Recently I started reading Corbin Williamson’s chapter on the early 20th century Royal Navy in The Culture of Military Organizations (edited by Mansoor and Murray). Regrettably it appears to be based solely on secondary sources, with no evidence of archival research whatsoever. Whilst flicking through I stumbled across the rather bold statement:
By 1900, conventional wisdom held that officers with specialization, especially in gunnery and torpedoes, enjoyed an advantage in achieving higher ranks. The senior leaders of World War I were almost all gunnery or torpedo specialists.Williamson, The Royal Navy, 1900-1945, pp. 324-325
The sources given are Robert Davison, The Challenge of Command, p. 6, and a chapter by Nicholas Rodger. The latter I do not have – a deficit which shall be rectified the next time I visit the British Library or an archive. Davison, on the other hand, writes, ‘Looking through the roster of the senior flag officers during the First World War, it is clear that nearly all who held high command were either gunnery or torpedo specialists, with the notable exception of David Beatty.’ No source is given. Is this the case though?
Neither Williamson nor Davison are precise as to what level they are referring to. What ranks do ‘senior leaders’ and ‘all who held high command’ delineate? Those who held certain ranks? Those who commanded squadrons or held the status of Commander-in-Chief? We will apparently never know. However, we can draw up our own roster.
During the First World War a Supplement to the Monthly Navy List was published. It gives all ‘Flag Officers in Commission, Officers in Commanding Squadrons’ (all those entitled to fly a flag or broad pendant afloat or ashore) in list form, as well as the composition of the various fleets and squadrons. In peace time this information was found in editions of the Navy List, after the seniority lists of the Royal Marines and before the ‘List of Ships and Vessels of the Royal Navy with their Officers and Present Stations’. But, during the war at any rate, the section was published separately. The National Archives has a complete wartime set under the catalogue record 359.3 ADE.
Using the service records in ADM 196 the specialisation or otherwise of the officers named can be identified. There are four categories: those who did not specialise, also known as the ‘salt horse’ officer; those who specialised in gunnery duties; those who specialised in torpedo duties; and, not mentioned by Davison, those who specialised in navigating duties. By the First World War there was a fourth specialisation – signals – but none of those on the flag list had qualified (although Allan Everett and Hugh Evan-Thomas, to name two, were recognised authorities).
I have used the Supplements corrected to 10 September 1914 (the first in The National Archives’ collection) and 1 November 1918 to show the situation at the beginning and at the end of the war. The following charts speak for themselves.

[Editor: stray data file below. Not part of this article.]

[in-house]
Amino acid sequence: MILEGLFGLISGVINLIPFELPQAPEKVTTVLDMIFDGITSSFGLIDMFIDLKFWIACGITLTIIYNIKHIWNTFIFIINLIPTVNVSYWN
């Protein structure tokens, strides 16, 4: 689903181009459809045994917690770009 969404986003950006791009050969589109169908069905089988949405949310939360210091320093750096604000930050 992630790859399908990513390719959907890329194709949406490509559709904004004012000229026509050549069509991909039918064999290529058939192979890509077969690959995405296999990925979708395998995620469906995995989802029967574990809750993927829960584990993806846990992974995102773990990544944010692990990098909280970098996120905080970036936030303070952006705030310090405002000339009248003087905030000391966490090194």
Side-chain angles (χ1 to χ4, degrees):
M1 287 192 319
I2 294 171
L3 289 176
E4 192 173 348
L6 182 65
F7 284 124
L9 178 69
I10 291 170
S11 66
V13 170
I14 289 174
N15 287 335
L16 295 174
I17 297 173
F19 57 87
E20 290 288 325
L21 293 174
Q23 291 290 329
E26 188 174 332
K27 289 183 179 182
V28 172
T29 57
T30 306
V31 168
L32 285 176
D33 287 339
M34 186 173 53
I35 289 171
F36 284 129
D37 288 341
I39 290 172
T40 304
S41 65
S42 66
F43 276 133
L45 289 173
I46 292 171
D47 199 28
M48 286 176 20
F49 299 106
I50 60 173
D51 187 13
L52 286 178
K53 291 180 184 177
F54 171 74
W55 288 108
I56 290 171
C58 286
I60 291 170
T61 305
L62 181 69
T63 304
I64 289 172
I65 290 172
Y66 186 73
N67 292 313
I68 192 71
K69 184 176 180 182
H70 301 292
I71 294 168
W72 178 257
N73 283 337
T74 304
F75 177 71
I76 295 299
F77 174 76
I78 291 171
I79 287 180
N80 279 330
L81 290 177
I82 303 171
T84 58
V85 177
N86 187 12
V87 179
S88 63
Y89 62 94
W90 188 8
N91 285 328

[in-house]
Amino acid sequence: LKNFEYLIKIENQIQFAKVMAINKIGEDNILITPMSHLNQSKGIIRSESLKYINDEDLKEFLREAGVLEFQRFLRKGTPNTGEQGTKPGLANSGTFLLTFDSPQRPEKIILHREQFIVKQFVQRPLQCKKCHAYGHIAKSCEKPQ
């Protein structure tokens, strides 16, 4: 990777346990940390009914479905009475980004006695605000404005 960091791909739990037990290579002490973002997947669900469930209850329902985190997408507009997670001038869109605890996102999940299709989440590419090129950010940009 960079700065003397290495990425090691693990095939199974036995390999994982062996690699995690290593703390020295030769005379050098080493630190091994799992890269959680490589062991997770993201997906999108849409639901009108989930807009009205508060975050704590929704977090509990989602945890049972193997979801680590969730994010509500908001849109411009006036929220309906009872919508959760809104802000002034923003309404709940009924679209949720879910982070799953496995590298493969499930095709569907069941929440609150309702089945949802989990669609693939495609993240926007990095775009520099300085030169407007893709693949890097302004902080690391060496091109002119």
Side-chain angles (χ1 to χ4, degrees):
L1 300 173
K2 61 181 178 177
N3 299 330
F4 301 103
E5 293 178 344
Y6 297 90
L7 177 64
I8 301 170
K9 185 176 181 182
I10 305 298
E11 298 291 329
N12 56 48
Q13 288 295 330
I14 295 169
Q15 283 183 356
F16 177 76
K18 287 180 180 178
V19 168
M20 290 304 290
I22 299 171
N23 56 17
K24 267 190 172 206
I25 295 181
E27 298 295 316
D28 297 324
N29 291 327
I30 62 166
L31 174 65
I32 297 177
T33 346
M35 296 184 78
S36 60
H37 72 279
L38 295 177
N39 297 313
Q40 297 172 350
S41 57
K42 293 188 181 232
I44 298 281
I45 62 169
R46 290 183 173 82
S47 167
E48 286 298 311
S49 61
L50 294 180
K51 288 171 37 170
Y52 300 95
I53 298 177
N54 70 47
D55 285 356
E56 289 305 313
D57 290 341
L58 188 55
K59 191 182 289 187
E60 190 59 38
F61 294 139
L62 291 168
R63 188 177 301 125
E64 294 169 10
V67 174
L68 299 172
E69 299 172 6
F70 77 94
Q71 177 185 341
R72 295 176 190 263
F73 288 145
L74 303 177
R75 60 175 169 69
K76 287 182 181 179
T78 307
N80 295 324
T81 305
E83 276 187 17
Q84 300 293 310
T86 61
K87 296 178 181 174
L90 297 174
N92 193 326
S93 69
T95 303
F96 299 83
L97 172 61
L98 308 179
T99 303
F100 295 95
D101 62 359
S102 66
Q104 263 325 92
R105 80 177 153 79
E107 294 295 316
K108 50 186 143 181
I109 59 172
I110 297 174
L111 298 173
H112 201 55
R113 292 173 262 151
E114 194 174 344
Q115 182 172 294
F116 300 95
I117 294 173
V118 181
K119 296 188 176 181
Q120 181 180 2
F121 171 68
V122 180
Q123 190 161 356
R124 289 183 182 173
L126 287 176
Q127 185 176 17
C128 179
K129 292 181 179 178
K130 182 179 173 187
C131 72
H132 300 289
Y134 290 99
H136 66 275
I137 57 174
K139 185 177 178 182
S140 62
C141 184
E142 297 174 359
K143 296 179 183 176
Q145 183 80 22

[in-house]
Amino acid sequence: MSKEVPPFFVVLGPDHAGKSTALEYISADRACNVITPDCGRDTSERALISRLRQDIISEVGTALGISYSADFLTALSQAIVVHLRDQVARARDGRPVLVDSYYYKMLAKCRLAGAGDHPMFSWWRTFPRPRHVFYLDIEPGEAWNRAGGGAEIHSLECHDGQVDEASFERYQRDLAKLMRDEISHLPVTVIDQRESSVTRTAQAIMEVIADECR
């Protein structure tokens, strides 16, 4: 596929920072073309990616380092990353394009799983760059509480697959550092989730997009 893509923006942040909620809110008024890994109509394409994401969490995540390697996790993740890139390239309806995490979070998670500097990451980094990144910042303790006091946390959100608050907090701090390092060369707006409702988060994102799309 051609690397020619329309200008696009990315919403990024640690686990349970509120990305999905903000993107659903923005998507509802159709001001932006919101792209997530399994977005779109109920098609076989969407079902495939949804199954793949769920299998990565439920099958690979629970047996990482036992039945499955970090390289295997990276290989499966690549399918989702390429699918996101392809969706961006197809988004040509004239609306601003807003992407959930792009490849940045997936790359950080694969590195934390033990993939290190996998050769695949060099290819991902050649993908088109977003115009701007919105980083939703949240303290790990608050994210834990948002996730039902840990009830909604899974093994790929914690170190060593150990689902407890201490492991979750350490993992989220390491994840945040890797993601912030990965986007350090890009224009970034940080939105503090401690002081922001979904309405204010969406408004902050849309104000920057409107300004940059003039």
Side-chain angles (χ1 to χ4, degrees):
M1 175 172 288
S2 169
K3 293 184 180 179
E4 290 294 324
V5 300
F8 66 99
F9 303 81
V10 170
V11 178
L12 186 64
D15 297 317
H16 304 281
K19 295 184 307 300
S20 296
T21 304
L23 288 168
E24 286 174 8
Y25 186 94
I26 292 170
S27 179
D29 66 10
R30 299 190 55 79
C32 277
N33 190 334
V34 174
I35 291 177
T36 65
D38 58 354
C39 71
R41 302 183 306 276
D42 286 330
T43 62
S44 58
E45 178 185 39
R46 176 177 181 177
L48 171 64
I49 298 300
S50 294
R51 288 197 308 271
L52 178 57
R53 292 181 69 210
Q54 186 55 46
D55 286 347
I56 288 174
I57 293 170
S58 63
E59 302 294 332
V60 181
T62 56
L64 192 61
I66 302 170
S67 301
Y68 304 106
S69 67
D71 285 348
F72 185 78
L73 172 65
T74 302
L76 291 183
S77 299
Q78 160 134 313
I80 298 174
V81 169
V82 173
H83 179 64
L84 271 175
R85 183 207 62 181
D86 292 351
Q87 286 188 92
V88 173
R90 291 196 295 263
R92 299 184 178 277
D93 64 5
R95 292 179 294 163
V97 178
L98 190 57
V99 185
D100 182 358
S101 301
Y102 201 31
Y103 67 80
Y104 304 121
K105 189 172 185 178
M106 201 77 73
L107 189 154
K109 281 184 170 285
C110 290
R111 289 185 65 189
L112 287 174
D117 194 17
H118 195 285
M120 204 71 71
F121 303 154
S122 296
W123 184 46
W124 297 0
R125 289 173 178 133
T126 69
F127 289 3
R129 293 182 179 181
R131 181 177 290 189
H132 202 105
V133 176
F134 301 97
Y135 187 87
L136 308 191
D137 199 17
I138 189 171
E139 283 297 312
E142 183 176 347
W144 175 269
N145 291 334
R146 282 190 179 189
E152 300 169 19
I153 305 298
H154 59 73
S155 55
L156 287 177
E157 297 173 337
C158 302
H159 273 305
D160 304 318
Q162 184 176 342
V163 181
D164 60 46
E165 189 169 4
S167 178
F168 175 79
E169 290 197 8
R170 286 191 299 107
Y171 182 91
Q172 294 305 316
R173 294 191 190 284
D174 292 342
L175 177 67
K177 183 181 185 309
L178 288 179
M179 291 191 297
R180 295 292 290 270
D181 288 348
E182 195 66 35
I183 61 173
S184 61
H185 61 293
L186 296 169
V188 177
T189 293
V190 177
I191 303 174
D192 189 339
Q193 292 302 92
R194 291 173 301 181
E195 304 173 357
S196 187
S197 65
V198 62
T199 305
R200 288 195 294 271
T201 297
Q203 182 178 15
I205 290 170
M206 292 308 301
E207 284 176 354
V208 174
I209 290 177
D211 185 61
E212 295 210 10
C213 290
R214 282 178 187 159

At the beginning of the war, with 54 flag officers and commodores flying their flags, the ‘salt horse’ outnumbers each other individual category. And what of the state of affairs at the end of the war, when another 20 officers were employed – an increase of more than a third?
It is difficult to see how Davison drew his conclusions. By war’s end the proportion of non-specialist officers may have shrunk in relation to the others, but they still formed the largest bloc by far! It is clear, therefore, that the advantage held by specialist officers in being employed afloat and ashore in the First World War has been over-stated.
There are, of course, caveats: the Supplements do not include members of the Board of Admiralty or heads of department in London. Nor does it include Chiefs of the Staff. Nor does my analysis break down employment by rank or differentiate between type of command. Even if, however, the vast majority of the ‘salt horse’ officers were flying their flags or broad pendants ashore or in subordinate positions (such as second-in-command of a battle squadron), it is worth pointing out that the supreme qualification for advancement was actually having flown one’s flag (for the flag officer) or being deemed worthy of flying a broad pendant (for a captain). Under the regulations they would theoretically be less likely to be retired on promotion to rear-admiral or left unemployed for so long that they would be retired for non-service. That is an investigation for another day, however.
Note: Earlier versions of these charts on Twitter showed one more gunnery specialist than torpedo, the result of a mis-reading of The Hon. Sir Somerset A. Gough-Calthorpe’s service record.
Update 15/02/2022: I recently obtained a copy of Rodger’s chapter, ‘Training or Education: A Naval Dilemma over Three Centuries.’ It does not support Williamson’s claim whatsoever.
2 thoughts on “‘It is Clear’”
Interestly charts, but without comparison to the Officer corp as a whole it’s hard to judge whether having a specialist training gives advantage in reaching higher ranks, either way seems bad to be a specialist engineering officer.
It’s a valid point, but it’s not the claim that Williamson or Davison were making. To see to what extent specialising helped one’s career reaching the flag list by the First World War would require going through the service records of every boy who joined as a Military Branch officer in the 30 years before Keyes in 1885 – which is roughly 4,000, including those who had joined the Navigating Branch. I’ve only gone through about 2,000 of them (up to Jellicoe’s term).
As to engineering, do you mean the (E) officers under the common entry scheme? The very first batch only started qualifying as Lieutenants and Sub-Lieutenants in October 1913.